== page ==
From the Editor: Get to Know Shingo

The “other” Toyota engineer focused on the little things, the details, that collectively waste $50 billion in the drug industry each year.


"The most dangerous kind of waste is the waste we do not recognize."

— Shigeo Shingo

The pharmaceutical industry has many of its own role models, for innovation and for public service. But recently it has begun to look to other industries for inspiration, particularly in manufacturing. Deming and Juran, who coined the term “Quality by Design” are a few of its new gurus, as is Taiichi Ohno, considered the father of the Toyota Production System.

Shigeo Shingo

Shingo

But perhaps it’s time to include another thinker: Shigeo Shingo, creator of several of the systems that made the Toyota Production System work as well as it has. Shingo embodied the principle of Kaizen in his work, encouraging facilities to take small steps each day toward eliminating waste. His focus was on preventing operator error, improving changeover time, and “searching and destroying” all potential sources of waste, particularly wasted time and motion within a facility.

He was not one to hog the spotlight. But his teachings have helped revolutionize other industries. In recognition of this fact, a prize for manufacturing was established in his name 19 years ago, and this year, two Baxter manufacturing plants have joined a pantheon of discrete manufacturing, aerospace and automotive companies who have won that prize. Baxter’s North Cove, N.C. plant became the first manufacturer to win the prize twice, while its Cuernavaca facility in Morelos, Mexico, broke new ground for Mexican pharma. We take a look at these plants, and what they’re doing, in our cover story on p. 20.

Some of the solutions they’re implementing are deceptively simple, “square peg in round hole” types of devices that, for example, automatically prevent operators from adding the wrong reagent in the wrong concentration. They’re applying Shingo’s Single Minute Exchange of Dies (SMED) techniques to reduce the time it takes to set up manufacturing for a new batch, from hours to minutes. They’re also cross-training their staff so that operators can function in a variety of environments.

Simple solutions. So simple, perhaps, they haven’t gotten the attention of pharma executives. Another often-neglected concept: that of “visuality” within the workspace. Ask yourselves: How easy is it for people to get the information and tools they need, when they need them, in a convenient format? From experts we’ve spoken with, pharma is still way behind automotive and aerospace in this area.

And all these concepts have applications beyond manufacturing as well. After all, problematic laboratory layouts or procedures can promote operator error and waste time, just as easily as their equivalents on the plant floor. The amount of this waste, when added up, is staggering. At a time when cost and quality control are both imperative, it would pay for more pharma professionals, whatever their sphere of influence, to reflect on Dr. Shingo and his legacy. Here is an illustrative story he was known to tell:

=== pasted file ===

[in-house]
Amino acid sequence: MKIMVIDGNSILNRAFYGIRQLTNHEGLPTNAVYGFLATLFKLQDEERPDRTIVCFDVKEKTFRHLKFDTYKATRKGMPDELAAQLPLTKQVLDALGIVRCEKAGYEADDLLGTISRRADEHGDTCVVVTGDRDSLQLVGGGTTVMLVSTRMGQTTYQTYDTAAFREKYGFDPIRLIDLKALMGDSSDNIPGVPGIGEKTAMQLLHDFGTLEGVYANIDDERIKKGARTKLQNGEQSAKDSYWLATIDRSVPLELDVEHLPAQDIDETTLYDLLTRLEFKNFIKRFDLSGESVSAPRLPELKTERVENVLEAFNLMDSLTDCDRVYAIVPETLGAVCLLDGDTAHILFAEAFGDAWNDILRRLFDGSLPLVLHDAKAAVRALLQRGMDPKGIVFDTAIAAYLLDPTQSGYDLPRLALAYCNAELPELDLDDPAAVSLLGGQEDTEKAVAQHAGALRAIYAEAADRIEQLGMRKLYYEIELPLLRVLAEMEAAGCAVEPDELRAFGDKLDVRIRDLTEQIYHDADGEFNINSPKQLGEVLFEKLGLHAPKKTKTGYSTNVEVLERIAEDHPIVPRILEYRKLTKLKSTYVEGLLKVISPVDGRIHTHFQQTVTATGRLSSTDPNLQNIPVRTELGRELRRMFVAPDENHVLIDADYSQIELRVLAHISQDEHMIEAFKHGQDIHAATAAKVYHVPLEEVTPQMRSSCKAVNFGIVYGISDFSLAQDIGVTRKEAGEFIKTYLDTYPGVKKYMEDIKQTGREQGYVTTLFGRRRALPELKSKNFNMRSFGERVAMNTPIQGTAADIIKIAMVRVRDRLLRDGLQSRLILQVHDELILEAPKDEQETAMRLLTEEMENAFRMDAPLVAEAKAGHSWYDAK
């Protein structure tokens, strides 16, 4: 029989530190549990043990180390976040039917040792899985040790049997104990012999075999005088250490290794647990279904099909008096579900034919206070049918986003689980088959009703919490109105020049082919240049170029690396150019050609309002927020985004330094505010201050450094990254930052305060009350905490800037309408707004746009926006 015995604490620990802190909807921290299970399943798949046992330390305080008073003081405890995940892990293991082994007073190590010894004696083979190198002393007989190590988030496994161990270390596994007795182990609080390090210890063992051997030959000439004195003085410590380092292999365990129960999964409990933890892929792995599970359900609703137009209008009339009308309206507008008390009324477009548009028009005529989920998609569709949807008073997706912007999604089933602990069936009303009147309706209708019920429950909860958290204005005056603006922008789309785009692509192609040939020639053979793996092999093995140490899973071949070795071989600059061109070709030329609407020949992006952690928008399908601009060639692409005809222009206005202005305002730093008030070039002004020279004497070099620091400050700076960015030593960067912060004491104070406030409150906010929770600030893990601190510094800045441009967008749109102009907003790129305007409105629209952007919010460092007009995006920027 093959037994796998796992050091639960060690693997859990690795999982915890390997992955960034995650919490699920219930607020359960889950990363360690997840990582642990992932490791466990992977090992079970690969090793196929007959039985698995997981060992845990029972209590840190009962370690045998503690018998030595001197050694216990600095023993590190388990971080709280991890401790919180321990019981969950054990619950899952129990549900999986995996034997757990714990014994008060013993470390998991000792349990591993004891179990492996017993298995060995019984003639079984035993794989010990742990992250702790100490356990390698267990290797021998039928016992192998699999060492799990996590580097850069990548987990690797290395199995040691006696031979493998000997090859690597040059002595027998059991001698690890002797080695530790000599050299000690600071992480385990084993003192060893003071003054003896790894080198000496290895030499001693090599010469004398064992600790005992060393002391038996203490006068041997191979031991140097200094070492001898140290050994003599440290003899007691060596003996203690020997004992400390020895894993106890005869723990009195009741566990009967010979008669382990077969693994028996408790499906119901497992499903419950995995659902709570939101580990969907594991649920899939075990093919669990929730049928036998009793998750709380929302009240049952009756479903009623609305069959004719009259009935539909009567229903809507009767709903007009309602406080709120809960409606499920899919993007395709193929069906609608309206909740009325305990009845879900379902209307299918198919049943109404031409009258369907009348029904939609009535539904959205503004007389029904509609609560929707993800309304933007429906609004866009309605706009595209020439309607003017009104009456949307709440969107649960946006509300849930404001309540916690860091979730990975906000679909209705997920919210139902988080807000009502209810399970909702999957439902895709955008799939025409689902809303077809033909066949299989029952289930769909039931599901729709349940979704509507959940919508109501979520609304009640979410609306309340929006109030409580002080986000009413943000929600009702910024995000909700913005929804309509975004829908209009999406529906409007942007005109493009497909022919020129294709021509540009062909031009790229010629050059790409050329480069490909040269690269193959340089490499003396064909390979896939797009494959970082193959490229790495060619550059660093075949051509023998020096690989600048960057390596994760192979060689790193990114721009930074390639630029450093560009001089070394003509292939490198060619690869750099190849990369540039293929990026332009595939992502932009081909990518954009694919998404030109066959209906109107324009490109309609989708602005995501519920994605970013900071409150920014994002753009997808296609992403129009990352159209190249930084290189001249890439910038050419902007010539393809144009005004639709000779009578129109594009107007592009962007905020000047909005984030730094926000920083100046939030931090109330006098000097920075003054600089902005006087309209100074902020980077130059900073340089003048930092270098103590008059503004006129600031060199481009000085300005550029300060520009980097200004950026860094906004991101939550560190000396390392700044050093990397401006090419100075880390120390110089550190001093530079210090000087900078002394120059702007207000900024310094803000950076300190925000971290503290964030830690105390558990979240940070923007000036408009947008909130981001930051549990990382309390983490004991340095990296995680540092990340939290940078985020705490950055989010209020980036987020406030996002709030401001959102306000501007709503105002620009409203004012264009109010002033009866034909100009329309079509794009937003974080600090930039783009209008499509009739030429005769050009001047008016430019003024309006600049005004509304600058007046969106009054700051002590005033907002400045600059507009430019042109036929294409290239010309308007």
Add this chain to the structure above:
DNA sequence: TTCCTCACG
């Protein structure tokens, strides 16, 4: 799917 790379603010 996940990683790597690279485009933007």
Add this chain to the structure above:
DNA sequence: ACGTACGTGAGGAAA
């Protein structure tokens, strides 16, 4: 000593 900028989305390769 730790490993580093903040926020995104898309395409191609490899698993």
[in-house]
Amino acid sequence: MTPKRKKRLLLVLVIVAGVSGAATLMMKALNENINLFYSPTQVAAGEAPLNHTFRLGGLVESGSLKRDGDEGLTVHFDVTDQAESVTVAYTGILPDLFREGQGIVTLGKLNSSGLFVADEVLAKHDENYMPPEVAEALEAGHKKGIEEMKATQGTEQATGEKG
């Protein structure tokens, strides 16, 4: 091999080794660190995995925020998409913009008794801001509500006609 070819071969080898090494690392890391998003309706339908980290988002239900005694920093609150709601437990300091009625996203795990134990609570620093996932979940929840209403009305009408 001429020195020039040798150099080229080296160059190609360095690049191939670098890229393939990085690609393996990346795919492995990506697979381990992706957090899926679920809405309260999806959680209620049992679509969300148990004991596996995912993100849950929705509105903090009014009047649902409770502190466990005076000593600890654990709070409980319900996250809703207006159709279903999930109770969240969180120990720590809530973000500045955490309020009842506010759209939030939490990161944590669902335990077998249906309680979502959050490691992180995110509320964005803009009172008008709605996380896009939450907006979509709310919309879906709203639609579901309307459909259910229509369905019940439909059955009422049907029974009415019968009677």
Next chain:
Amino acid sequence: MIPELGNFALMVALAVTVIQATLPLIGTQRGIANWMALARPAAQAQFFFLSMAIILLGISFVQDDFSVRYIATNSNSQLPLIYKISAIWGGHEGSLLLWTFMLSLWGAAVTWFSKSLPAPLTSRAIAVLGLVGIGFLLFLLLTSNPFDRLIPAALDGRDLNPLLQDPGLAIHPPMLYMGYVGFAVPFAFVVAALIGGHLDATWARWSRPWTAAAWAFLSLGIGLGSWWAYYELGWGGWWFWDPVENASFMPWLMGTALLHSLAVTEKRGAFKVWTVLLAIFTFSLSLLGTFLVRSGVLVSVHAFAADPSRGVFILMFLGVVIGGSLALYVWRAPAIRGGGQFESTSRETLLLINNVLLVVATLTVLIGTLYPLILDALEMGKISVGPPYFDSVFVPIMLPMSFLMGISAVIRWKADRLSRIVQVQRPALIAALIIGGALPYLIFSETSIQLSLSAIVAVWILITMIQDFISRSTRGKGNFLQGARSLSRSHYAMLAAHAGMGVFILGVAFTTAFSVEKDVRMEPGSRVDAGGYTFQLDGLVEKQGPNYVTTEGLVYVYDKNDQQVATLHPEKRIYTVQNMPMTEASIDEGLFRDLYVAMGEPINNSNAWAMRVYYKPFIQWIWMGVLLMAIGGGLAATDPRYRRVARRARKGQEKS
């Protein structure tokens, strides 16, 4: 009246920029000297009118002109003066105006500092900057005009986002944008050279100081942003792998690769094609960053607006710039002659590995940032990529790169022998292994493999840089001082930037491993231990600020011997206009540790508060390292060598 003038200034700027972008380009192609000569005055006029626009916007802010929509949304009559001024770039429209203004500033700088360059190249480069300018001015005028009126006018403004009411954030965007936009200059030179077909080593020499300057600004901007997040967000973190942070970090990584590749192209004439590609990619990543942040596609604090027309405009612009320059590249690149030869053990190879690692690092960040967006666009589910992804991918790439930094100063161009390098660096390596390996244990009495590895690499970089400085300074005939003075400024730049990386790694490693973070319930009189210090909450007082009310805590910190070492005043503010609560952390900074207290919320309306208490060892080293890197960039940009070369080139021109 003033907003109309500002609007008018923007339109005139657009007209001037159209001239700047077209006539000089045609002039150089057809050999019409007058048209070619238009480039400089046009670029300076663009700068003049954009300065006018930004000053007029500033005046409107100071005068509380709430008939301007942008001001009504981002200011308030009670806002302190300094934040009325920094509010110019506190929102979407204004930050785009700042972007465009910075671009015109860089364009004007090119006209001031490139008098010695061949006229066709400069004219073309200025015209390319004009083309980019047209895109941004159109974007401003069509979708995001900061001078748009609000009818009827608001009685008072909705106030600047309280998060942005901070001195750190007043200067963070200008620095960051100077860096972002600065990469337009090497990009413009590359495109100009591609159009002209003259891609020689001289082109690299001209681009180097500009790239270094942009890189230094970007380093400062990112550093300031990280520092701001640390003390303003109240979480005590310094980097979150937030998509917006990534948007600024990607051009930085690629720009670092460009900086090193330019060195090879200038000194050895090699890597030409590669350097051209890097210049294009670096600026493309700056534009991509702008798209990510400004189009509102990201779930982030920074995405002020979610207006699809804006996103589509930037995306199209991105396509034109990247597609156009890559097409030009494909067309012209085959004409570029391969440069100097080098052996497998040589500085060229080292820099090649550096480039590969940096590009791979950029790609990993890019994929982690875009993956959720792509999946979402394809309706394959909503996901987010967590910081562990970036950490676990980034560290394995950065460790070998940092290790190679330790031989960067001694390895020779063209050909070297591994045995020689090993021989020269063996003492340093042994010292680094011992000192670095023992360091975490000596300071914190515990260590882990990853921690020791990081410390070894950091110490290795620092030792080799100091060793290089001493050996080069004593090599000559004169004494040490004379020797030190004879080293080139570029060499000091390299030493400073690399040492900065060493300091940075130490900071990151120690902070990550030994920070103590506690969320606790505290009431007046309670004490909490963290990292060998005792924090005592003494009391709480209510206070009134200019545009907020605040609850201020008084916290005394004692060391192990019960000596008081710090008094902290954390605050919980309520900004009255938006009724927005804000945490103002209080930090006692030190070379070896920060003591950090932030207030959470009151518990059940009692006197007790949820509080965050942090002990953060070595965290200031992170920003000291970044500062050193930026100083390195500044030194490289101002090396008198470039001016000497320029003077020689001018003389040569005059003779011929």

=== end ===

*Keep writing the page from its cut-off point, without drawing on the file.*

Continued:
…The slogan “eliminate waste” is posted on many plants I have visited. Once, when I saw this sign, I asked the firm’s president whether all his employees were idiots.

“Why do you say that?” he asked. I pointed to the slogan posted on the wall. “But isn’t it good to eliminate waste?” he asked. I asked him whether the sign was on the wall because some workers would not get rid of waste even if they saw it.

It seems to me that as long as someone knows something constitutes waste, he or she will get rid of it. The big problem is not noticing that something really is wasteful. The slogan posted, I told him, should be, “FIND Waste.” [1]

He was equally dismissive of the status quo. “We tend to think that fictitious facts are real… [we] simply hypothesize facts using guess work, or we ignore changes over time and assume things are the same as they used to be.”

But perhaps the most important legacy that Dr. Shingo left was one of patience. He told a story about a man who came home starving after a day of mountain climbing. He gobbled down bowls of rice, and at bowl number five, felt hungry no more. “If only I’d known that fifth bowl of rice would be the one that satisfied me, I’d have had it first.” But of course, that would have been impossible, and this holds true for process improvement as well. Results take time, but they’re worth waiting for.

Don’t give up, and don’t be afraid to take “deep dives” into problems, because you will solve them, little by little. Perhaps some of you will apply for the Shingo Prize this year? The deadline for filing an intent to apply is June 1. Or you might consider some of the smaller-scale programs, including our Team of the Year (the deadline for which is Aug. 1). Even gathering data and articulating achievements can be a step toward process knowledge. We wish you well.



[1] Greif.M., The Visual Factory: Building Participation through Shared Information,” p. 19-20.

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